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Al Capone and His American Boys: Memoirs of a Mobster's Wife Hardcover – July 7, 2011
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"This is not another Capone book; he is but a tangential figure in this fascinating account.... For true crime and gangster story fans." ―Library Journal
"Deemed too hot by its publisher in 1934, this incredible and revealing story sheds new light on major crimes, including the St. Valentine's Day Massacre―the defining moment that cemented Chicago's reputation as a city of criminal mayhem.... A candid look at the era of Capone, Frank Nitti, Georgette’s husband Gus, and a group of Public Enemies who continue to fascinate a new generation of readers." ―Richard C. Lindberg, author of The Gambler King of Clark Street: Michael C. McDonald and the Rise of Chicago's Democratic Machine
"Al Capone and His American Boys is more than just fascinating history―it's built on the human interest element of living a gangster's life." ―mafialifeblog.com
"Al Capone and his American Boys is highly recommended for those interested in an insider's view of the major criminal events of the Gangster Era." ―Informer
"Helmer delights history buffs once more with his research and inimitable style, bringing us the memoirs of a primo gangster's moll. Hers is a first-hand account of being married to one of Al Capone's travelling psycho-circus of killers called the 'American boys' who moved from St. Louis to Chicago to live the gritty gangland life of the Roaring Twenties." ―Mario Gomes, www.myalcaponemuseum.com
About the Author
William J. Helmer is author (with G. Russell Girardin) of Dillinger: The Untold Story (IUP, 1994) and The Gun That Made the Twenties Roar as well as other books on the gangland era.
Top Customer Reviews
Winkeler's widow, a shattered but nevertheless cogent and credible witness, wrote her rather dynamic manuscript after her husband's murder at the hands of the Nitti-run mob. Helmer, who in 2004 with Art Bilek wrote "The Saint Valentine's Day Massacre - The Untold Story of the Gangland Bloodbath That Brought Down Al Capone," (another must read) has completed the historical deconstruction of the denouement of the Chicago Outfit of the 1920's with this latest treatise. Along with Georgette's recollections, Helmer has basically tied up the post-massacre gangland years with a culminating addendum of all the relevant players who have become household names, including Capone, Frank Nitti, and the rest of the infamous crowd who made Chicago rumble. Of all of the journalists who have taken on this epic, Helmer has added to his forty-years of contributions with his best and most revealing efforts in this book, defining the profile of the true historian.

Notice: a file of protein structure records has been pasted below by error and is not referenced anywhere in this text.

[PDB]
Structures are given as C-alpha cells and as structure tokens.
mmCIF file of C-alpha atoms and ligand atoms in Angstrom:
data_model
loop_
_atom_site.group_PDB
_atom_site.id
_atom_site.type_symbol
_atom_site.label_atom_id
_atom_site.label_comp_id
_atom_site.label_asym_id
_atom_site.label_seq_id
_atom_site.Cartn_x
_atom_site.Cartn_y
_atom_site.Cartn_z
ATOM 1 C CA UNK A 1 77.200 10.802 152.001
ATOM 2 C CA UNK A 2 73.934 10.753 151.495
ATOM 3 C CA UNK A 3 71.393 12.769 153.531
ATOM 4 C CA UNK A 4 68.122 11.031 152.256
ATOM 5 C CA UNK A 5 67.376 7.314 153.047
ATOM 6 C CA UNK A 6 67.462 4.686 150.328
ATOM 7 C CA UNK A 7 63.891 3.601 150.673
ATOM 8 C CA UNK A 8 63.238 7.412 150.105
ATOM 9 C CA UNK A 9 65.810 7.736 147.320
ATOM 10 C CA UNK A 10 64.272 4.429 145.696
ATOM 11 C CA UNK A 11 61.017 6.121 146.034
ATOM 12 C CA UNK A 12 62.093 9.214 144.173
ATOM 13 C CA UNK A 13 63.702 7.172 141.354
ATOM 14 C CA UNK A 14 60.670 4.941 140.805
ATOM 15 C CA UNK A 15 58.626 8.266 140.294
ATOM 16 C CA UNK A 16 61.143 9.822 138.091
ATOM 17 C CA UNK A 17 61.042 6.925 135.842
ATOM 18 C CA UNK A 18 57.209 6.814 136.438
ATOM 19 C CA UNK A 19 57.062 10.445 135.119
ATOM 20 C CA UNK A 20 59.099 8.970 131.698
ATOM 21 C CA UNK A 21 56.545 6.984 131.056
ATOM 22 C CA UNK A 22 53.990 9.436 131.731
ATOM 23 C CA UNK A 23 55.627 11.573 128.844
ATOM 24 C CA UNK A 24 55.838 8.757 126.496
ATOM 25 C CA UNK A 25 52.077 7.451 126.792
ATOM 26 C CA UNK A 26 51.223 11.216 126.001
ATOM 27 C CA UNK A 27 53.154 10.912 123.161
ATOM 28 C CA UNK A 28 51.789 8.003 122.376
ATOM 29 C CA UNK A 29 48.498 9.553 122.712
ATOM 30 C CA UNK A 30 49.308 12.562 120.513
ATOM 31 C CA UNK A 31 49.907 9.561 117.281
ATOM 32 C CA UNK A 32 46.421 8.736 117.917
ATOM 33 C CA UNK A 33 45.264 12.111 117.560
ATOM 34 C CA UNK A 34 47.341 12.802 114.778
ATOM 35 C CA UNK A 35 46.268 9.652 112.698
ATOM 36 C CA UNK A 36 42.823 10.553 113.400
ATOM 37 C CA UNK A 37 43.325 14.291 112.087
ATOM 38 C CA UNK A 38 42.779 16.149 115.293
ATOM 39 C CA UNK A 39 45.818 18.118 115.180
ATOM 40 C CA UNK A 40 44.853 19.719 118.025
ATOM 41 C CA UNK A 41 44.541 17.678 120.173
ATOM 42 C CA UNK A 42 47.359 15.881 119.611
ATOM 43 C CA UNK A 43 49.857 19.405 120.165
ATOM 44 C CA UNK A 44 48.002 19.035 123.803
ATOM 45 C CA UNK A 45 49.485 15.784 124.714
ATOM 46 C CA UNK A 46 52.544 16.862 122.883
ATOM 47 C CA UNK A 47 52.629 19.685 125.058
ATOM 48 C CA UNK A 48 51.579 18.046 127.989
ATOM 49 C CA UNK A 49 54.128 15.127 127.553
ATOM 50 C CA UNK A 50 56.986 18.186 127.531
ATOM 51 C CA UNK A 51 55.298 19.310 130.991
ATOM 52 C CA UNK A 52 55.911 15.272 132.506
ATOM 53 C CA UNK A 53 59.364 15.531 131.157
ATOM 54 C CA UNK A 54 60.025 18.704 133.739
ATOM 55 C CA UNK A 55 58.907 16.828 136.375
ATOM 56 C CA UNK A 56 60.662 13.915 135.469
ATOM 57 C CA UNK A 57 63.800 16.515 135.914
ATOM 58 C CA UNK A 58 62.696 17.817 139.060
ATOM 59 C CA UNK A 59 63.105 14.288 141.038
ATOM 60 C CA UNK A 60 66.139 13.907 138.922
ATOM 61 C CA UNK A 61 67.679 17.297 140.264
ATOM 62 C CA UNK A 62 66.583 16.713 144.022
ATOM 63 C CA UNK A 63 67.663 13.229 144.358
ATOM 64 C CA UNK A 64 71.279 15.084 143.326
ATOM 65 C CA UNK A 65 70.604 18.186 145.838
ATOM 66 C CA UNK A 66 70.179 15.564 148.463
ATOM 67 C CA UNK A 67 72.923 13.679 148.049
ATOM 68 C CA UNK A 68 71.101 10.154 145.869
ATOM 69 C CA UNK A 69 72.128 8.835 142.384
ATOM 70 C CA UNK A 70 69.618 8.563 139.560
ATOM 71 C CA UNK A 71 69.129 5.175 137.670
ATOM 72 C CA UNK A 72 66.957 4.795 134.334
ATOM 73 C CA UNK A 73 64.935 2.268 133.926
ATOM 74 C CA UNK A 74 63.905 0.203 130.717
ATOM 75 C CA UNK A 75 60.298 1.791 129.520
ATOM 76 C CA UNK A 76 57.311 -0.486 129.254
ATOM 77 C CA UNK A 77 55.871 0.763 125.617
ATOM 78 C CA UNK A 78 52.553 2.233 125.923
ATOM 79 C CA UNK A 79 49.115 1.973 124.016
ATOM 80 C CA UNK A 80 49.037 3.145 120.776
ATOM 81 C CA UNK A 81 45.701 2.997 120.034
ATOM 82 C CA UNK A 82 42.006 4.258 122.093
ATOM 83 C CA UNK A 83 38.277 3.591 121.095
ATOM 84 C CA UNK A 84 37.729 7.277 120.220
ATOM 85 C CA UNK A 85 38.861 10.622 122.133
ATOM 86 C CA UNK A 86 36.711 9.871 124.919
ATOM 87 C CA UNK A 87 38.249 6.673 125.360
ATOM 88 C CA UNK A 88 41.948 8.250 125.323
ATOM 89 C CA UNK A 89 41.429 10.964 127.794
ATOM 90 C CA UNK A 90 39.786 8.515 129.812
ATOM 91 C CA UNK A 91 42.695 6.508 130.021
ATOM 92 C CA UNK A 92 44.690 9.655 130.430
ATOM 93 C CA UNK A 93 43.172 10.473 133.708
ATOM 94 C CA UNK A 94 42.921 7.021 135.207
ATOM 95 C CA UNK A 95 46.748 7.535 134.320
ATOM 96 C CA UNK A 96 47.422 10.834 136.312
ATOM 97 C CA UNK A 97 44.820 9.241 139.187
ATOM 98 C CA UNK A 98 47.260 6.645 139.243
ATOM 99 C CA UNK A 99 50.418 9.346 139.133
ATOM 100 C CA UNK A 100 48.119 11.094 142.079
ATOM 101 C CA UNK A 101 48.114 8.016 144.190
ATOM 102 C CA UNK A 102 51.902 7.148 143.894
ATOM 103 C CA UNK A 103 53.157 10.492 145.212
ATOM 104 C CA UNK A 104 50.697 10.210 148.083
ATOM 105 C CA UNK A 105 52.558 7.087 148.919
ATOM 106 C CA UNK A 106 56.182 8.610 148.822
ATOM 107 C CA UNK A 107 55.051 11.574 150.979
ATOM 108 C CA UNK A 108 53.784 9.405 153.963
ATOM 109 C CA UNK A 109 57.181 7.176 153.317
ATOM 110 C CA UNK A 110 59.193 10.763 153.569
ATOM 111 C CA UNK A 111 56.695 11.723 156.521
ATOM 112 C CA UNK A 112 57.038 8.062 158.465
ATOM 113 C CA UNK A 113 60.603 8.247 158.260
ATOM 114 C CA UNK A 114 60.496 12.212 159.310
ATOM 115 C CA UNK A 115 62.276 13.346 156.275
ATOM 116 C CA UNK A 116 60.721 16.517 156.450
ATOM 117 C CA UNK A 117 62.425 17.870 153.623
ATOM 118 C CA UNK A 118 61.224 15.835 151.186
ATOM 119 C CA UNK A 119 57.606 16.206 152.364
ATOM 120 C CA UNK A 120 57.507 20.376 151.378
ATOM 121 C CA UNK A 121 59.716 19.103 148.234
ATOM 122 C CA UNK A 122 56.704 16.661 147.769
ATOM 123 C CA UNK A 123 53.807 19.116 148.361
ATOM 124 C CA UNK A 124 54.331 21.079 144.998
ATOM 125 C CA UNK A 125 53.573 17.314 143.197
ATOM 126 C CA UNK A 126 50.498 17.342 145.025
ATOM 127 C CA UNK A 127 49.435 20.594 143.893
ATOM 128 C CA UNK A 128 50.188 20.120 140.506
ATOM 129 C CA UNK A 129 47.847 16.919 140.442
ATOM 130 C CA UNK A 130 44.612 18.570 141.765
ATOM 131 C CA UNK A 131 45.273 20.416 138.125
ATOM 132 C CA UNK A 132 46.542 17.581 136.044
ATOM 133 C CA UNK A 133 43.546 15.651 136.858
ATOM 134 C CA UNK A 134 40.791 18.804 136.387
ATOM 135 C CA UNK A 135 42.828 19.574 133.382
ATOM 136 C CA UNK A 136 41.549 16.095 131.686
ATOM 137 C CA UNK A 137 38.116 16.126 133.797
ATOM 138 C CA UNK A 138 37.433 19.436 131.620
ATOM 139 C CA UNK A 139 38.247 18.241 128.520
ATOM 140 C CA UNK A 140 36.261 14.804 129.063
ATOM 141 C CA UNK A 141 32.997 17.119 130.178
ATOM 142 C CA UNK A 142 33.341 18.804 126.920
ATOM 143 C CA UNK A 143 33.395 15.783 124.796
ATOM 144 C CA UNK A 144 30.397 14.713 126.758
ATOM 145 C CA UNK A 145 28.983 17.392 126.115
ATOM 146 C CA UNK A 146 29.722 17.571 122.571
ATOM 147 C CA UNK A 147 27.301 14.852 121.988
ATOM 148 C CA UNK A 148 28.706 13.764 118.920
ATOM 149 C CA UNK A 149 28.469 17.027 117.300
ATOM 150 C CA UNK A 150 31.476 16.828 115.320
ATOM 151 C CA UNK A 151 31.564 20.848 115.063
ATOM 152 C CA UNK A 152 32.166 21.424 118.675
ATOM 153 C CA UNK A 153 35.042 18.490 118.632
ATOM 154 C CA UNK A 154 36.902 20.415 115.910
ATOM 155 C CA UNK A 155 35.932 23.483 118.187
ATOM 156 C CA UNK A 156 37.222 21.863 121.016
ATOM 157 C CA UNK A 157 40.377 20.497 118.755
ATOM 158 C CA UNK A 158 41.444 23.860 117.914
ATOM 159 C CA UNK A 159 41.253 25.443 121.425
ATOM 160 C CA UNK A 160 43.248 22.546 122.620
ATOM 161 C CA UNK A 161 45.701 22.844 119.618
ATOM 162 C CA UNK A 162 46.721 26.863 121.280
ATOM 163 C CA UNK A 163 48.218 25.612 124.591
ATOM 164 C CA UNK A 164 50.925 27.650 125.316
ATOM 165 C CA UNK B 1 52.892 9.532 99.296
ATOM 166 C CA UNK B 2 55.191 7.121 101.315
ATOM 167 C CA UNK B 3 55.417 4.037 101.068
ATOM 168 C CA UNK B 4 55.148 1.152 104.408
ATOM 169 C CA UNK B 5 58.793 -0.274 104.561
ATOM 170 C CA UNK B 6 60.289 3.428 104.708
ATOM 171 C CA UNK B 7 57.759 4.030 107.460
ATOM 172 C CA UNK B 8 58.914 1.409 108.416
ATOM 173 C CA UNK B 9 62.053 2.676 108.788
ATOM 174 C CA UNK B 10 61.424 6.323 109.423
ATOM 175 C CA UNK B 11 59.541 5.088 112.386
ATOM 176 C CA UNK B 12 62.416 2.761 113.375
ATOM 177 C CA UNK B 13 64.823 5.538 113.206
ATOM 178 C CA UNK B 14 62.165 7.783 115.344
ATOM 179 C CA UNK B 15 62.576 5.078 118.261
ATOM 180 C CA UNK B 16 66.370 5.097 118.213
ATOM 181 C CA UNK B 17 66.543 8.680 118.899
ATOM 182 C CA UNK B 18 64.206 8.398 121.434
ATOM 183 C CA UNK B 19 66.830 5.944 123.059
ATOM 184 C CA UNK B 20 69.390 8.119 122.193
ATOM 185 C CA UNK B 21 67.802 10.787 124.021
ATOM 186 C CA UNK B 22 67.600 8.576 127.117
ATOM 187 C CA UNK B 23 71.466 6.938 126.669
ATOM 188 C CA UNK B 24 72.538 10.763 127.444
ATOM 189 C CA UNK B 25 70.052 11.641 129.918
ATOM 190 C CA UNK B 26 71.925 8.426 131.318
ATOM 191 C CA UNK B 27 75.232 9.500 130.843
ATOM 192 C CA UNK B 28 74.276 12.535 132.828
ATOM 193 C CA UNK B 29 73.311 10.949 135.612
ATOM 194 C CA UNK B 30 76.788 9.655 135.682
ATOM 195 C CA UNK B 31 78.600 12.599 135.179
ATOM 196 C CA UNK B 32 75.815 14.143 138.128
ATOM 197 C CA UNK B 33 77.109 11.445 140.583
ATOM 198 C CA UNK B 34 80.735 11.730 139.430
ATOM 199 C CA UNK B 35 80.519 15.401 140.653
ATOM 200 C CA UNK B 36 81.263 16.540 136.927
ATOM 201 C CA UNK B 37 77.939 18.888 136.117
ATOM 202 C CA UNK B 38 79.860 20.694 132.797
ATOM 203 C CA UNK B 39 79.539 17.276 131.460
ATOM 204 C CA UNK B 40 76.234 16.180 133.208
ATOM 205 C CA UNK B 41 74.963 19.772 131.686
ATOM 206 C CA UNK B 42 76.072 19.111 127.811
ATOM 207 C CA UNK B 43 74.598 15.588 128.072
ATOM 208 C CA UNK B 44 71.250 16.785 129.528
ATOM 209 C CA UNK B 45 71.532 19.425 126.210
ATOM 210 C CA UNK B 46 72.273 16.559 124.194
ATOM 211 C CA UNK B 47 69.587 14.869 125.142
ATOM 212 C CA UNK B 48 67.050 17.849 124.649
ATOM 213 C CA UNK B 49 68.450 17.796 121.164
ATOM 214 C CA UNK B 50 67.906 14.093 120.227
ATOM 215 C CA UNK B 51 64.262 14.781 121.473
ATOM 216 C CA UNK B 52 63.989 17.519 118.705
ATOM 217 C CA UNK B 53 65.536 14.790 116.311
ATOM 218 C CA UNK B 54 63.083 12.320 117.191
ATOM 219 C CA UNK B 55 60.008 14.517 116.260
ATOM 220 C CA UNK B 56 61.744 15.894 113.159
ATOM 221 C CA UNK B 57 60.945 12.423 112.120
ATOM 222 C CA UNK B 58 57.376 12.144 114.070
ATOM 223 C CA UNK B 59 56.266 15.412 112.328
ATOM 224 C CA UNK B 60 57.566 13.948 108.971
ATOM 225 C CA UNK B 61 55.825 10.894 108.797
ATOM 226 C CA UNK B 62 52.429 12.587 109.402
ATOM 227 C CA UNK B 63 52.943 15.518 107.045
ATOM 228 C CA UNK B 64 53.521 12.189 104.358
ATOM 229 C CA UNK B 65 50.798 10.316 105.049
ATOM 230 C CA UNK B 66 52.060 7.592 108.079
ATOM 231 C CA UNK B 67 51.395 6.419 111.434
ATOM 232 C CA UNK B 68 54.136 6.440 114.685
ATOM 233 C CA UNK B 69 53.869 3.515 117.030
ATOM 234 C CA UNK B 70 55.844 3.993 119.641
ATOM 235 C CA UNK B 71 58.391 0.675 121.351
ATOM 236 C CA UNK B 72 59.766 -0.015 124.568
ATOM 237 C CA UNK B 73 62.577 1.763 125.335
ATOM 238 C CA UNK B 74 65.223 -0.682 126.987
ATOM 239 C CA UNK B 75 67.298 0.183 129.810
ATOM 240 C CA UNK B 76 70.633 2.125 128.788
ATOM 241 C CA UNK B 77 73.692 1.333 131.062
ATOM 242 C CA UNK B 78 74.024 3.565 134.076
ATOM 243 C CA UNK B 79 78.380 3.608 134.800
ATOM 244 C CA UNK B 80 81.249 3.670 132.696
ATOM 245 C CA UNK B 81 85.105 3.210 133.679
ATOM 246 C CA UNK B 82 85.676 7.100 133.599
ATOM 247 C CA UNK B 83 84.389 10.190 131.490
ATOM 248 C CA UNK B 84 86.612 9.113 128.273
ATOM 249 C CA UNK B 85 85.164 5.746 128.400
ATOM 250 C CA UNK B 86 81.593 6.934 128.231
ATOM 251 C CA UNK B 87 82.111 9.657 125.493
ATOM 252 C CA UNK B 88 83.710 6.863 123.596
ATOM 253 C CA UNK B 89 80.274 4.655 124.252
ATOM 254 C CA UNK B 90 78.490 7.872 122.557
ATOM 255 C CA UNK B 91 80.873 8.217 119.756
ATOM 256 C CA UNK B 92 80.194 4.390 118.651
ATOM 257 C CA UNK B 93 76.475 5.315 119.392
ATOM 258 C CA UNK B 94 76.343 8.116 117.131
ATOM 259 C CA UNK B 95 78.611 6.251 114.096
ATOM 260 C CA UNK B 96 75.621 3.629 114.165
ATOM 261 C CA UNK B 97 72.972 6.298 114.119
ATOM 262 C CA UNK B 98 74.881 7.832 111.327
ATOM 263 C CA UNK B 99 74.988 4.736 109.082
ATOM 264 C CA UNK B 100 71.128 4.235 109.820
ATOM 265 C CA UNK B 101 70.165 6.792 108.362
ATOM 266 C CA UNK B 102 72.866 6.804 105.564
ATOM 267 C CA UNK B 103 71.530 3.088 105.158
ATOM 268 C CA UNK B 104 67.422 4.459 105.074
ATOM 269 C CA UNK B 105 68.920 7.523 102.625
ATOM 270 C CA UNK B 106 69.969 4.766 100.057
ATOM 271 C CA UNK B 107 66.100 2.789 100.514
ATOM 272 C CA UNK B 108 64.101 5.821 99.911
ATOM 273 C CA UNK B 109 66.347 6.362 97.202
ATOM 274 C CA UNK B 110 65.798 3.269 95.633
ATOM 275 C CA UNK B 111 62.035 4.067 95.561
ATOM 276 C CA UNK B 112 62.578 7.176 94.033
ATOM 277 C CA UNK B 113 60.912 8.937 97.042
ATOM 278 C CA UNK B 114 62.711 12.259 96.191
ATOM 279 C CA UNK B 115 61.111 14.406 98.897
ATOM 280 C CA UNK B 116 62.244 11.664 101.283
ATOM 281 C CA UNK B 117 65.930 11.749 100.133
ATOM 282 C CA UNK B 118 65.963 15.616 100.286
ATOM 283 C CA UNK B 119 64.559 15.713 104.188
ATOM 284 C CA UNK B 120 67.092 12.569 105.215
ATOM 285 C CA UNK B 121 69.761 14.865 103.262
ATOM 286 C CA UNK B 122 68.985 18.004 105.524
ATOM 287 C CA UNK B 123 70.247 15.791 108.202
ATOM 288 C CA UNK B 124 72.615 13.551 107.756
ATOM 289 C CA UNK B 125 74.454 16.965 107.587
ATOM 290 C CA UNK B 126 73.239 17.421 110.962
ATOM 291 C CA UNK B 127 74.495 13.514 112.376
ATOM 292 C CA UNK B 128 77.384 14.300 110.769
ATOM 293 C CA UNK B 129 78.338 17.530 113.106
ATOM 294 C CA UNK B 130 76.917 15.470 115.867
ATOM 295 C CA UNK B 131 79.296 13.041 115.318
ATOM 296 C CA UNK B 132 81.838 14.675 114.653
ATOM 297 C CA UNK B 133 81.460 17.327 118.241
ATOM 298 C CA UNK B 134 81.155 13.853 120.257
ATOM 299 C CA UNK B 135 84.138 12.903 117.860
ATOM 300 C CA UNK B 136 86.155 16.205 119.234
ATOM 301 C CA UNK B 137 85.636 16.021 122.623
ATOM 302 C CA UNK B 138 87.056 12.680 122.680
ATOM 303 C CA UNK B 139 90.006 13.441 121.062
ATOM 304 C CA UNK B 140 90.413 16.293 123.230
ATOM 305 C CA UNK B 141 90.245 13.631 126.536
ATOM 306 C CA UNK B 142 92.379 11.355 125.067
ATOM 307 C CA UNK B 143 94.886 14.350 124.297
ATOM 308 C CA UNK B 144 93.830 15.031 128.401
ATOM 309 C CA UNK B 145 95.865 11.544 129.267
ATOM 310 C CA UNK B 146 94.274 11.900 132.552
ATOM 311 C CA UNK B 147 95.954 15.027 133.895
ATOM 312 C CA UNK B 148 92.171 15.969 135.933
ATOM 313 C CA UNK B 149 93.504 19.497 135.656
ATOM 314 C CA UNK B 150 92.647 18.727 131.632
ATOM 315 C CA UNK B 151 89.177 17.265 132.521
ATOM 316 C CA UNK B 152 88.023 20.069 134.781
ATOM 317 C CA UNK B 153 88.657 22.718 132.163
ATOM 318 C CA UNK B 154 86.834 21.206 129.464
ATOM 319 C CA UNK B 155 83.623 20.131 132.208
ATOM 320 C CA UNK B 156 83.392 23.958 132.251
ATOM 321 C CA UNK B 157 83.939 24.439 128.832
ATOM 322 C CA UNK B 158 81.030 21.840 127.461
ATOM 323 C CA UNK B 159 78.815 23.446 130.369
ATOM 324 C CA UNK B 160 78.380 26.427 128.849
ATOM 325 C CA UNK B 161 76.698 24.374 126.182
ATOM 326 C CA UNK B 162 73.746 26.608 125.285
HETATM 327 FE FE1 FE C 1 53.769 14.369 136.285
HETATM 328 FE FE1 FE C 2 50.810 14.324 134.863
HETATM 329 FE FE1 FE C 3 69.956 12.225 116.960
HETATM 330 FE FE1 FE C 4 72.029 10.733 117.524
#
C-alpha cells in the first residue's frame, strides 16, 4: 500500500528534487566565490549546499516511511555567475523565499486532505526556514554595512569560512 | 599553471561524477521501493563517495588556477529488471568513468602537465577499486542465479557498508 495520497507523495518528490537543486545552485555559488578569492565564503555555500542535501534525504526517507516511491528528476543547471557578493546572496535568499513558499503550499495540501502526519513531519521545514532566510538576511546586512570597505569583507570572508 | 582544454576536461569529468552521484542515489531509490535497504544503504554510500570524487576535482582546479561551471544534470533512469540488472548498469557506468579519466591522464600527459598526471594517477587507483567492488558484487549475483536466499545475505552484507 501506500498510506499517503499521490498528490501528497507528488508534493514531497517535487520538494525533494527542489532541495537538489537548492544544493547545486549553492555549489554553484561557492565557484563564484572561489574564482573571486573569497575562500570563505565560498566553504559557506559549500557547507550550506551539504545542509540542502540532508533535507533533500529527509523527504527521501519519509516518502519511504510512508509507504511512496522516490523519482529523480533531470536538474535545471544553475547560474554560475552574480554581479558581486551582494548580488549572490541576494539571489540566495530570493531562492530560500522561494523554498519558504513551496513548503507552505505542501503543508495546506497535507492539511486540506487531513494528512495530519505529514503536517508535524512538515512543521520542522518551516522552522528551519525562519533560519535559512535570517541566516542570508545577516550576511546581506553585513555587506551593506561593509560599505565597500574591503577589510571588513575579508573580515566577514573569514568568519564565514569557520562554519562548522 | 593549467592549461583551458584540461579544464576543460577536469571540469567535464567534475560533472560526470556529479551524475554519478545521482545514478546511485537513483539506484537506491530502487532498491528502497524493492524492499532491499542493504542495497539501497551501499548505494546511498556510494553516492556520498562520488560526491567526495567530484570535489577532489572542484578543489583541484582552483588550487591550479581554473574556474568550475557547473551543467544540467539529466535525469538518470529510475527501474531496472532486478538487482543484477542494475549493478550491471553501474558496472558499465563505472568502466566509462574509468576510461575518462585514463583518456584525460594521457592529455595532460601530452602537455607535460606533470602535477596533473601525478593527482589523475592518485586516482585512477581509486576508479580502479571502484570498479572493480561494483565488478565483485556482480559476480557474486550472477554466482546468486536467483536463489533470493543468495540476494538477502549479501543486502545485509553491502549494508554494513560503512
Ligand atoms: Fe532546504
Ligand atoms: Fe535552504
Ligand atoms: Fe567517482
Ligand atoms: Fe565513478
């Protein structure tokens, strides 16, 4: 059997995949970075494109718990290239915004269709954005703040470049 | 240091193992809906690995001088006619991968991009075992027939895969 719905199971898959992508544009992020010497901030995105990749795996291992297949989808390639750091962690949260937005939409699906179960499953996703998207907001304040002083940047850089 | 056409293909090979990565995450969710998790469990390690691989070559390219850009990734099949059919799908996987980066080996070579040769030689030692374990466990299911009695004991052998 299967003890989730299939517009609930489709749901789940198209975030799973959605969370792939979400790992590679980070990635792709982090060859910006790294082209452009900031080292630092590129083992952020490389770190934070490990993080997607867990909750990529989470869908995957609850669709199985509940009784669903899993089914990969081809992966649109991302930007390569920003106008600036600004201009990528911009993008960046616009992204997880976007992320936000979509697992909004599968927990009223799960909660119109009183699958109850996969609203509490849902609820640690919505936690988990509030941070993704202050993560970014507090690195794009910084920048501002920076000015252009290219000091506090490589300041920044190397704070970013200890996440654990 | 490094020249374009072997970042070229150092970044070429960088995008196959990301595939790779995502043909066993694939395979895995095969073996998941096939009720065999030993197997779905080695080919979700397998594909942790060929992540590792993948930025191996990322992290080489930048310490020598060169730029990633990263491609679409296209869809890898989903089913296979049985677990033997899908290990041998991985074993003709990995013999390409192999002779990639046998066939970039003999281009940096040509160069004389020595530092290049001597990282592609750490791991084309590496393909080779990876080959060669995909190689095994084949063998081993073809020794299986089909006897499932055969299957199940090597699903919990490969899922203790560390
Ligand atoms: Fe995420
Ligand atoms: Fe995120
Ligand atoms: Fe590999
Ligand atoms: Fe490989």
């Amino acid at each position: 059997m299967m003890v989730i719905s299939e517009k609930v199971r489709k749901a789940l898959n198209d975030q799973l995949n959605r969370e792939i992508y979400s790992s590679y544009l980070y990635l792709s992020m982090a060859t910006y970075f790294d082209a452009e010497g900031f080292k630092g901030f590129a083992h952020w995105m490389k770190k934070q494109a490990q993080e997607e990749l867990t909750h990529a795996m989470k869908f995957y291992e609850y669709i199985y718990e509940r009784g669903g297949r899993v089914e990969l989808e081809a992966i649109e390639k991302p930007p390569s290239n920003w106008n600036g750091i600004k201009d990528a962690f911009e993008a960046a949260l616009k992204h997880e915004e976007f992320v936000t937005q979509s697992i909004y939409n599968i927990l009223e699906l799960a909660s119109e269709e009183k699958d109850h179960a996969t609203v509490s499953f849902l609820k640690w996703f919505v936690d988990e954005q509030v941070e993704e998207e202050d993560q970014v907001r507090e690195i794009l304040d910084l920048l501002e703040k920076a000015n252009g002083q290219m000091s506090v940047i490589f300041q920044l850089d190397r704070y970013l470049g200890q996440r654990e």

For those of us who never get enough of the elusive truth and who ourselves research those hypnotic times, this book is, simply put, pure pleasure. Georgette's memory of seeing her husband and the other American Boys parading around in their Chicago Police costumes before mowing down George "Bugs" Moran's men in 1929, is the most scintillating solution imaginable to one of the world-changing crimes of the 20th century. Along with his 1969 history of the machine-gun (The Gun That Made the Twenties Roar) and his almanac of public enemies (co-written with the late, great gangsterologist Rick Mattix), William Helmer has once again proven himself as a premier authority on the Prohibition decade. This is an elegant book (buy it in hardcover - it's beautiful) issued by the University of Indiana Press, with no stone left unturned. I admit to being a great Helmer admirer; however, as a researcher myself, I must also say that he sets the standard for all of us. I give this one an unabashed five stars, but it deserves six. It is more fun than a barrel of booze.